- 79 percent of enterprise executives say that not embracing big data will cause companies to lose competitive position and risk extinction. (Forbes, 2018)
- 83 percent of enterprise executives say they’ve pursued big data projects to gain a competitive advantage. (Forbes, 2018)
- Nearly 50 percent of businesses say big data and analytics have fundamentally changed business practices in their sales and marketing departments. (Forbes, 2018)
- More than 30 percent of businesses say big data and analytics have fundamentally changed business practices in their research and development departments. (Forbes, 2018)
- 62 percent of retail businesses see competitive advantages from information and analytics. (Towards Data Science, 2018)
- 98 percent of sales representatives at construction companies that adopt analytics and geographic data reported dramatic decreases in their time frame for providing price quotes. (Towards Data Science, 2018)
Banking and big data
- In the banking sector, investments in big data analytics were estimated at $20.8 billion in 2016. (The Hill, 2019)
- The amount of data generated each second in the banking sector will grow 700 percent by 2020. (The Hill, 2019)
For large amounts of raw data, many businesses utilize repositories called data lakes. Learn more by reading What Is a Data Lake and Why Is It Essential for Big Data.
- 70 percent of investment professionals use “alternative data” or plan to do so in the next year. (The Hill, 2019)
- 36 percent of investment professionals use web scraping to derive data. (The Hill, 2019)
- 29 percent of investment professionals use search trends to derive data. (The Hill, 2019)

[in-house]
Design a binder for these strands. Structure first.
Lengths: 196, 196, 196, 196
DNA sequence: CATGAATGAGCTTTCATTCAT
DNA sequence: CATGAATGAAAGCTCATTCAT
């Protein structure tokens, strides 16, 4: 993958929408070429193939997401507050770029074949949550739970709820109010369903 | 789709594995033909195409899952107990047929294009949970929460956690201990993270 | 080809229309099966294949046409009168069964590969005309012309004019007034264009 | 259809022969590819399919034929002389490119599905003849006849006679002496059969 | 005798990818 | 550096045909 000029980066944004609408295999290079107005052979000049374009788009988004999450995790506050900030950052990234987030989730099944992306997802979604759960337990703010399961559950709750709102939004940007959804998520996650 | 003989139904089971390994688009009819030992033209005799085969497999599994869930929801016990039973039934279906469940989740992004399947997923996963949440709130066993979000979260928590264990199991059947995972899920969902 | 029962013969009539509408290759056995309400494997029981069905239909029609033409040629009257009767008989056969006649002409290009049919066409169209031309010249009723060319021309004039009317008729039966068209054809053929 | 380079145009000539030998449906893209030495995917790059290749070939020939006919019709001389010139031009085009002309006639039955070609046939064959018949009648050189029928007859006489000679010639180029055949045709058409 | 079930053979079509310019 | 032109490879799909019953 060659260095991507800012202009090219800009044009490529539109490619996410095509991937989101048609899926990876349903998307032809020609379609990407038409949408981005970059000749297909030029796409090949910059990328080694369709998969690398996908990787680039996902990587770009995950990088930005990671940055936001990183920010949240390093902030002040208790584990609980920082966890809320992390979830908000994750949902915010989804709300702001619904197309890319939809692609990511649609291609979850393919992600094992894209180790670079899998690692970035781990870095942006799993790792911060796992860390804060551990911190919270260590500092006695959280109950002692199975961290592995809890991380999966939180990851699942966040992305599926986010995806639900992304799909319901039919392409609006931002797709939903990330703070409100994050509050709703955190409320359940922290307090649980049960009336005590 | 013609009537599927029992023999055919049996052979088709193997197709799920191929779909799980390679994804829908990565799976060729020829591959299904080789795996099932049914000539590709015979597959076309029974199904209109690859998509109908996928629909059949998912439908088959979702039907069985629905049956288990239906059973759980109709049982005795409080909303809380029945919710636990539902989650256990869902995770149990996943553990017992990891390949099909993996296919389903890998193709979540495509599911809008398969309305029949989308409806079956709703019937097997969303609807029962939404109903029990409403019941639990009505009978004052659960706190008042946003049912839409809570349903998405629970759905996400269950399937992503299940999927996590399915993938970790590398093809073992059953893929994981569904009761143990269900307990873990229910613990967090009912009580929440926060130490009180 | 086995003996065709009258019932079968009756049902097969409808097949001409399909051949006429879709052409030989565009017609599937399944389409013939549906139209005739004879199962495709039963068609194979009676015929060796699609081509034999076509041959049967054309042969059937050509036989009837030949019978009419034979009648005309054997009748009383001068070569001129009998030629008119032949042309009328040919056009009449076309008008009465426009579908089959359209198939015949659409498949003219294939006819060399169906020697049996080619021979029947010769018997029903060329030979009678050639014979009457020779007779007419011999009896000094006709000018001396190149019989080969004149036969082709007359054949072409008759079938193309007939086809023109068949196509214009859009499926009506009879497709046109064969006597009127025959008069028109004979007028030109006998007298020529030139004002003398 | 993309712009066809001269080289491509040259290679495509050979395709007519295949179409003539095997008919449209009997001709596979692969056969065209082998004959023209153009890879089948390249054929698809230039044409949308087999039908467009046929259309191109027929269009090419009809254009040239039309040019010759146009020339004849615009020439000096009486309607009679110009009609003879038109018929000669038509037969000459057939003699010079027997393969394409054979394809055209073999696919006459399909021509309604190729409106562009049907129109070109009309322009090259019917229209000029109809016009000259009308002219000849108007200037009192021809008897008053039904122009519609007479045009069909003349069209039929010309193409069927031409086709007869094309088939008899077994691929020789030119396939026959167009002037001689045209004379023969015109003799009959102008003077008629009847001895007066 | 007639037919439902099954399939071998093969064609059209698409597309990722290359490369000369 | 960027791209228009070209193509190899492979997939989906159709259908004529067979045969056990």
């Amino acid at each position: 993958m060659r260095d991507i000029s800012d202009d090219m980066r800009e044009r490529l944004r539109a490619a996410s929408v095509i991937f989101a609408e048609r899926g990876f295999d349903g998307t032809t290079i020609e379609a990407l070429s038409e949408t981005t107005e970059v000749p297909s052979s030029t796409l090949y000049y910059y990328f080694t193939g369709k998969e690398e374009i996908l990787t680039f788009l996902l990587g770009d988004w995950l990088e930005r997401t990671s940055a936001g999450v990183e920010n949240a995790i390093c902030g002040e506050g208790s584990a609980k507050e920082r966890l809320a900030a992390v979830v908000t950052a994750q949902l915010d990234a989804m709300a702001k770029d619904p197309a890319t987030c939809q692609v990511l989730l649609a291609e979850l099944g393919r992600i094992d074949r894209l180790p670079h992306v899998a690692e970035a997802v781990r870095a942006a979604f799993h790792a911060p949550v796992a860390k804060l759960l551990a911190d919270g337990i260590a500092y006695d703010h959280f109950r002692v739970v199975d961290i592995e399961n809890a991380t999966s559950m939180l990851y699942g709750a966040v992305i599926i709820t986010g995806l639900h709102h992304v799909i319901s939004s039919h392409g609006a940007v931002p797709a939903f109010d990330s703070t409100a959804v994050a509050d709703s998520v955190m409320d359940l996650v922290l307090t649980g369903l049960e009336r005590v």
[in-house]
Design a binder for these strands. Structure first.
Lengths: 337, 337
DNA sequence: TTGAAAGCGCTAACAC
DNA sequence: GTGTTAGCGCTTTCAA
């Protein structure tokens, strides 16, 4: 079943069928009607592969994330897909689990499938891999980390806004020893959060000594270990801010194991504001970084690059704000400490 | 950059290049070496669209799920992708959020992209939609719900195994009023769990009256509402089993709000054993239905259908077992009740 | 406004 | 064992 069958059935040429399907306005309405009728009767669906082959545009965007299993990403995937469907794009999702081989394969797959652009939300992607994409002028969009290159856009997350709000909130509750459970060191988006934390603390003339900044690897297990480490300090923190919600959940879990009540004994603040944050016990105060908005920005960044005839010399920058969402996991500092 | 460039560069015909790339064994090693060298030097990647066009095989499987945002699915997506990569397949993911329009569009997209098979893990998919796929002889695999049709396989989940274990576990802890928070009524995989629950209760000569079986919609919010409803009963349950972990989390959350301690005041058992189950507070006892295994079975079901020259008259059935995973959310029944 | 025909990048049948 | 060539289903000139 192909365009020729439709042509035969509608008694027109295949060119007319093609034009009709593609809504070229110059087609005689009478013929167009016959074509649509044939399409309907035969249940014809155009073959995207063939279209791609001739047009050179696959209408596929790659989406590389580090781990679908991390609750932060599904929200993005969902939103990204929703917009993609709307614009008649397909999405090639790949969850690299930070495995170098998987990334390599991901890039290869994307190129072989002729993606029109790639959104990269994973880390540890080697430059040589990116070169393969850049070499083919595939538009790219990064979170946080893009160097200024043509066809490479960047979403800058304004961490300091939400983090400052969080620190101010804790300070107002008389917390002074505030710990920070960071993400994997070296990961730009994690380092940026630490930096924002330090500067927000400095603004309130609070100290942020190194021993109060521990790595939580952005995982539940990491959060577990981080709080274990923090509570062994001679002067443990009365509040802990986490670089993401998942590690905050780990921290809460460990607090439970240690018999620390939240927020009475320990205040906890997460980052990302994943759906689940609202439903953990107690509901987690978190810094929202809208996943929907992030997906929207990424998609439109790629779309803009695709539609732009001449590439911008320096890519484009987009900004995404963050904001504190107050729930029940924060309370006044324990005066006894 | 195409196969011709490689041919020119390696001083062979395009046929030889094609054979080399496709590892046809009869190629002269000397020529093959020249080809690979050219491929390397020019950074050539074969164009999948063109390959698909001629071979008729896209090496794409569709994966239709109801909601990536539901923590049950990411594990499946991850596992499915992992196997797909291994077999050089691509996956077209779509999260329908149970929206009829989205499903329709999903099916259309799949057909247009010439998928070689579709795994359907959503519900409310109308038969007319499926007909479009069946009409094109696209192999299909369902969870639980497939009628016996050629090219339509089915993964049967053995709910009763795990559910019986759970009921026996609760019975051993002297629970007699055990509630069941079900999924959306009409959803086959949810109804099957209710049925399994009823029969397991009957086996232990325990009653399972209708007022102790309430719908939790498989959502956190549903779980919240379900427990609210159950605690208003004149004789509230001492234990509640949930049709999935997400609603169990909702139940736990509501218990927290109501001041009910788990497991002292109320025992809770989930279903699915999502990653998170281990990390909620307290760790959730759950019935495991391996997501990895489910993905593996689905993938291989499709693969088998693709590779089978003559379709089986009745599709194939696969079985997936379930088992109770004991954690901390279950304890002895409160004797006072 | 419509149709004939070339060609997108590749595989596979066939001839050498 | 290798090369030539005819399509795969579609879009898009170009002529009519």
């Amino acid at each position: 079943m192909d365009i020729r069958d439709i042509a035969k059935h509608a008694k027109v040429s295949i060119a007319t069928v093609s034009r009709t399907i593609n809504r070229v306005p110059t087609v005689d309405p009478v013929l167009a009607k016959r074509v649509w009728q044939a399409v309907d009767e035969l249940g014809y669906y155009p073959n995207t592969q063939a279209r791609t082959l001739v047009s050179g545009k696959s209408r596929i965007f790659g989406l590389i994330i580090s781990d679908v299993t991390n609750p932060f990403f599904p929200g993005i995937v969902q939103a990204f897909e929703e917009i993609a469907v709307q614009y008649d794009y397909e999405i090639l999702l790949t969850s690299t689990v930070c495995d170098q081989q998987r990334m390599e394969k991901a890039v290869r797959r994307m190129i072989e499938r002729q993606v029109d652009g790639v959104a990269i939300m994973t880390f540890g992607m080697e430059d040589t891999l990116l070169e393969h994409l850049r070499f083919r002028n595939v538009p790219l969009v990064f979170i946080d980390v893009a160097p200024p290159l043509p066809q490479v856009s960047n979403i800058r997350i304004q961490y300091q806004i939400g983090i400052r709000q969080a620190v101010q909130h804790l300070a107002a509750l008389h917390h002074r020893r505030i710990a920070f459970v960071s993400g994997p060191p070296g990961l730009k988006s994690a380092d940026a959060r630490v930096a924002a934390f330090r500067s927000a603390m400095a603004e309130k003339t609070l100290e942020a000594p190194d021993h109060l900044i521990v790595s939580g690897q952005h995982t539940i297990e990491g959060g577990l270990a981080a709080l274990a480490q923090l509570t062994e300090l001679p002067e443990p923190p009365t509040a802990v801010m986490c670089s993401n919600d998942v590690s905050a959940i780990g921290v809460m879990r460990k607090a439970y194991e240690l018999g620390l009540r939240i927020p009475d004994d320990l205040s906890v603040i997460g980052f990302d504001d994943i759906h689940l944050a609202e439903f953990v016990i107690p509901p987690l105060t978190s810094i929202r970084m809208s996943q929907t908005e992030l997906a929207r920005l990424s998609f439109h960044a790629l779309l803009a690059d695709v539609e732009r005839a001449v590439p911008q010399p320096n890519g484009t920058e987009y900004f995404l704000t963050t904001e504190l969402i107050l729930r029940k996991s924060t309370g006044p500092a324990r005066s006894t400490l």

- 29 percent of investment professionals use expert networks to derive data. (The Hill, 2019)
- 21 percent of investment professionals use web traffic to derive data. (The Hill, 2019)
- 14 percent of investment professionals use credit card and POS software data to derive data. (The Hill, 2019)
Other big data findings
- 59 percent of executives say big data at their company would be improved through artificial intelligence (AI). (Forbes, 2018)
- 53 percent of CEOs consider themselves the primary leader of their company’s analytics agenda. (McKinsey Analytics, 2018)
- 60 percent of businesses believe it is harder to source talent for data and analytics positions than for any other roles. (McKinsey Analytics, 2018)
- 61 percent of businesses that recognize the effect of data and analytics on their core business practices say their companies either have not responded to these changes or have taken only ad hoc actions rather than developing a comprehensive, long-term strategy for analytics. (McKinsey Analytics, 2018)
- Analytics leaders are nearly twice as likely as others to report enacting a long-term strategy to respond to changes in core business practices. (McKinsey Analytics, 2018)
- 26 percent of businesses say data and analytics have significantly changed the nature of industry-wide competition. (McKinsey Analytics, 2018)
- 8 percent of businesses say data and analytics have fundamentally changed the nature of industry-wide competition. (McKinsey Analytics, 2018)
- 50 percent of businesses say data and analytics significantly impacted new entrants launching data and analytics businesses that undermine traditional competitors’ value propositions. (McKinsey Analytics, 2018)
- 30 percent of businesses consider the Spark software framework critical to their big data analytics strategies. (Forbes, 2017)
- 73 percent of businesses consider Spark SQL critical to their analytics strategies as a big data access method. (Forbes, 2017)
If you’ve got a 10-person operation and can track certain metrics on your fingers, you may not be rushing into a big data approach in 2019. With that said, this unprecedented data revolution shows no signs of letting up, so it deserves your attention.
It may affect your business in unexpected ways. It’s sure to affect the world around you in unpredictable ways. So keep your ear to the ground and stay up on big data developments as the “march of quantification” carries on.